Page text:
A three-day workshop on “Awareness of the Trafficking of Women and Girls in Solomon Islands for Sexual and Domestic Exploitation and Abuse” commences in Honiara today. The BBC’s NGO, BBC Media Action partnering with the Media Association of Solomon Islands (MASI), Solomon Islands Broadcasting Corporation (SIBC) and the British High Commission in Honiara have made this possible. The partnership has seen a number of workshops held in Honiara, Gizo and Auki for local journalists and reporters on various topics including Reporting on Natural Hazards and Natural Disasters, recently completed in Honiara.
Speaking at the opening of what is now the partnership’s sixth workshop, British Deputy High Commissioner to Solomon Islands, Emma Davis said: “For this workshop, the subject matter is a difficult one. Abuses and exploitation of women and girls is abhorrent. The human cost is high and is devastating for victims who are often very vulnerable. “Human trafficking involves the recruitment or movement of people for exploitation by the use of threat, force, fraud, or the abuse of vulnerability. Trafficking is a crime that can occur across international borders or within a country. It often crosses multiple geographic and legal boundaries. Men, women and children may be trafficked for various purposes.”
Project Advisor of Hagar International, Nerol Vaekesa, also introduced to the journalists, Hagar’s work in Solomon Islands especial the extent of trafficking in the country with women and girls and some of the drivers and causes. She also covered how trafficking operates and whether it is a global problem or just one for certain countries.
Day one also covered the cost of human trafficking by answering questions such as what happens to women and girls who are trafficked. How are they supported? Does the media have a role to play? Guest speakers for this session are caseworkers and counsellors Sarisha Pai and Kerin Bunia. A session on ‘The Challenge of Bringing Justice’ concluded day one of the workshop where the journalists listened to the Director of Public Prosecutions, Rachel Olutimayen, who explained the challenges facing achieving a successful prosecution and conviction of perpetrators of trafficking. The key question then was whether the legal justice system work for the survivors of trafficking?
Workshop participants will then look at policing and preventing trafficking, including how the Royal Solomon Islands Police Force plays a part in tackling trafficking of women and girls in Solomon Islands. Assistant Commissioner for Crime, Patricia Leta will lead the discussions on Wednesday. Participants will then look at how the public and the media can play their roles in identifying potential victims of trafficking. The leading question of discussion will be: What reports on awareness programmed would provide your audiences with useful information? ‘Securing the Borders’ will conclude day two of the three-day workshop where journalists will look at how responsible authorities are working to keep the country’s boarders safe from the issue of trafficking in persons. They will then end the day with a session on using the right words to describe people when reporting on human trafficking. The final day will cover ‘Seeing Trafficking through a Gender Lens.’ Discussions will be on how Island Customary Law and attitudes towards gender affects trafficking of women and girls.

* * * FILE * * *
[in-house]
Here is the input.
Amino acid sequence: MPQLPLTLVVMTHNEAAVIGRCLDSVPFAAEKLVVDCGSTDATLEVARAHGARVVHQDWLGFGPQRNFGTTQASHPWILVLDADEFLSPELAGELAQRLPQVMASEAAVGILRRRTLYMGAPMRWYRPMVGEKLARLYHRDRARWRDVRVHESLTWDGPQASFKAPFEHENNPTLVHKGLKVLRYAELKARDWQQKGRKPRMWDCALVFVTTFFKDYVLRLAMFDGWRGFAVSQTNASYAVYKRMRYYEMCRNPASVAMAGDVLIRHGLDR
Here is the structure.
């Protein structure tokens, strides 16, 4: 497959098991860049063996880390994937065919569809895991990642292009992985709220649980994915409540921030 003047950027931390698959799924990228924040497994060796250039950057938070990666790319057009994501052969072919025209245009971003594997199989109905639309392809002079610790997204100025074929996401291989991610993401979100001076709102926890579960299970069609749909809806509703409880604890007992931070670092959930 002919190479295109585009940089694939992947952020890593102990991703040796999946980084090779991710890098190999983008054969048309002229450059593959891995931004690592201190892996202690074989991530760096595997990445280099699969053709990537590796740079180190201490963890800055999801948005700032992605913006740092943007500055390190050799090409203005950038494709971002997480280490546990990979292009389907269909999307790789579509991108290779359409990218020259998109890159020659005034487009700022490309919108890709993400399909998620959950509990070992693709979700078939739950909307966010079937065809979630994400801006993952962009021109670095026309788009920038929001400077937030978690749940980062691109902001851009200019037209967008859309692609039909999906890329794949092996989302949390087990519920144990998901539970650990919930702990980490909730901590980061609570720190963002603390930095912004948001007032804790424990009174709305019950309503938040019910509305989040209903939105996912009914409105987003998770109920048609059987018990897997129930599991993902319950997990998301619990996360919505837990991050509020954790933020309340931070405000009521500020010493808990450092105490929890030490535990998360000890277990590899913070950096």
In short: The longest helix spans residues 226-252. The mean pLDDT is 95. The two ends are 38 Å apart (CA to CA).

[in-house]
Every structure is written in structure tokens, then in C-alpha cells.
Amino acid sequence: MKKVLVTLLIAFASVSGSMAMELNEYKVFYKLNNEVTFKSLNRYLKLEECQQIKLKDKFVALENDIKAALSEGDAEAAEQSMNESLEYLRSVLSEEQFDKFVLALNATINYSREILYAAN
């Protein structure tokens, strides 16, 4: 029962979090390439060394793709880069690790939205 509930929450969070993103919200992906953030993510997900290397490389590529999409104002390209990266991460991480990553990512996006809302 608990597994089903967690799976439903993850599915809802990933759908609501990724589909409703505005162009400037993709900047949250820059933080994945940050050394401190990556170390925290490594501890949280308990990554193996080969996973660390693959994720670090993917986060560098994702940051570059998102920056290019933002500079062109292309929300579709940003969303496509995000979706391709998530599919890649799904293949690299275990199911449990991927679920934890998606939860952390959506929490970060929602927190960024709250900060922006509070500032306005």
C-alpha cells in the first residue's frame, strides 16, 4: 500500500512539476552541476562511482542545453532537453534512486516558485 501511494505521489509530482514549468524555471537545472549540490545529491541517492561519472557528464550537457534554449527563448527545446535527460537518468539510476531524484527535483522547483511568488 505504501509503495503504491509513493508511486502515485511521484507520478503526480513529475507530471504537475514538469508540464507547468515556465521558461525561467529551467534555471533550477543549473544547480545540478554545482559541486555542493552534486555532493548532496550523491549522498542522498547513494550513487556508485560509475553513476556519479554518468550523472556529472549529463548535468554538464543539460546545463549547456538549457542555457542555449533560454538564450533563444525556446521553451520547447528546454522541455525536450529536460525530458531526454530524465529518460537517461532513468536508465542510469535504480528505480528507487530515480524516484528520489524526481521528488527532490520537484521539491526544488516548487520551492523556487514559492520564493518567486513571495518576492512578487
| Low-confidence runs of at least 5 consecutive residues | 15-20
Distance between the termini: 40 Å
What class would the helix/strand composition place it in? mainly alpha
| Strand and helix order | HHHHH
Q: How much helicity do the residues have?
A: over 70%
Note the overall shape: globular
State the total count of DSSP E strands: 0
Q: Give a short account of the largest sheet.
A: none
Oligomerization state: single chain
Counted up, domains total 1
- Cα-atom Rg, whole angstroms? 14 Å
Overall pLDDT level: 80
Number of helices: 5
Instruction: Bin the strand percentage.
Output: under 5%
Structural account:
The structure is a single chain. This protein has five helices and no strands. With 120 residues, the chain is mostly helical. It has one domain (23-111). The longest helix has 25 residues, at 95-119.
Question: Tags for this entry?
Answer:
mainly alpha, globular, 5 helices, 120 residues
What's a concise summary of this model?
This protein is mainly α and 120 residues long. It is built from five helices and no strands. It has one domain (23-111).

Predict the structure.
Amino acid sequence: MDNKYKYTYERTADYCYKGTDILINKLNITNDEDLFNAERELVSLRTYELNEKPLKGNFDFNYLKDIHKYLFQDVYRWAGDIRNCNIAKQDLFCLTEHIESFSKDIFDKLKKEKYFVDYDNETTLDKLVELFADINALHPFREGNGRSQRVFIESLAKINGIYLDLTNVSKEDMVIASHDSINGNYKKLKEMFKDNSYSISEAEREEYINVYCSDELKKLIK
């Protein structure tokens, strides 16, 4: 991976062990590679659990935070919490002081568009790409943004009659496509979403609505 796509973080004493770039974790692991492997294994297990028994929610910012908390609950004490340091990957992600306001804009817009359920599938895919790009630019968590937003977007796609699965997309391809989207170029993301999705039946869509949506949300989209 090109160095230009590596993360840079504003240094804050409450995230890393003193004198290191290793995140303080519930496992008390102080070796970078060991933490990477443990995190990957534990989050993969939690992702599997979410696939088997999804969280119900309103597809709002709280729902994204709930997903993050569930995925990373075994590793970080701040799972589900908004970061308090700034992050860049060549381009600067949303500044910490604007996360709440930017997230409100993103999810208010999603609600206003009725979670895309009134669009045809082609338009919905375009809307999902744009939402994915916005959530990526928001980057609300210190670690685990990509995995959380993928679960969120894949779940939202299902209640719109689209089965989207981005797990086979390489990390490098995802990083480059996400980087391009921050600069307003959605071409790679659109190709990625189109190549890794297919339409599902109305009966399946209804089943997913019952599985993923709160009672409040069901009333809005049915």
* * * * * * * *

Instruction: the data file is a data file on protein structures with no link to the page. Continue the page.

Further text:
Participants will then go through a session on ‘Trauma-Sensitive Coverage’, looking at areas like to interview or not interview a victim of trafficking, how to interview without re-traumatising the survivor and techniques for illustrating the story without identifying or stigmatising anyone. The workshop will then conclude with a practical session where participants will get to choose a story angle they would write about trafficking in persons in Solomon Islands.
Deputy High Commissioner Emma Davis said: “I hope that you find it useful, learning from experts in the field, the programme looks very informative both theoretical and practical. I encourage you to learn and take the opportunities to write those stories and highlight the abuse of women and girls. The media plays a vital part in being able to educate on these abhorrent practices, as well as women and girls who could be potential victims and those who are being exploited and where they can turn to for help.”
Source: British High Commission to Solomon Islands and Nauru
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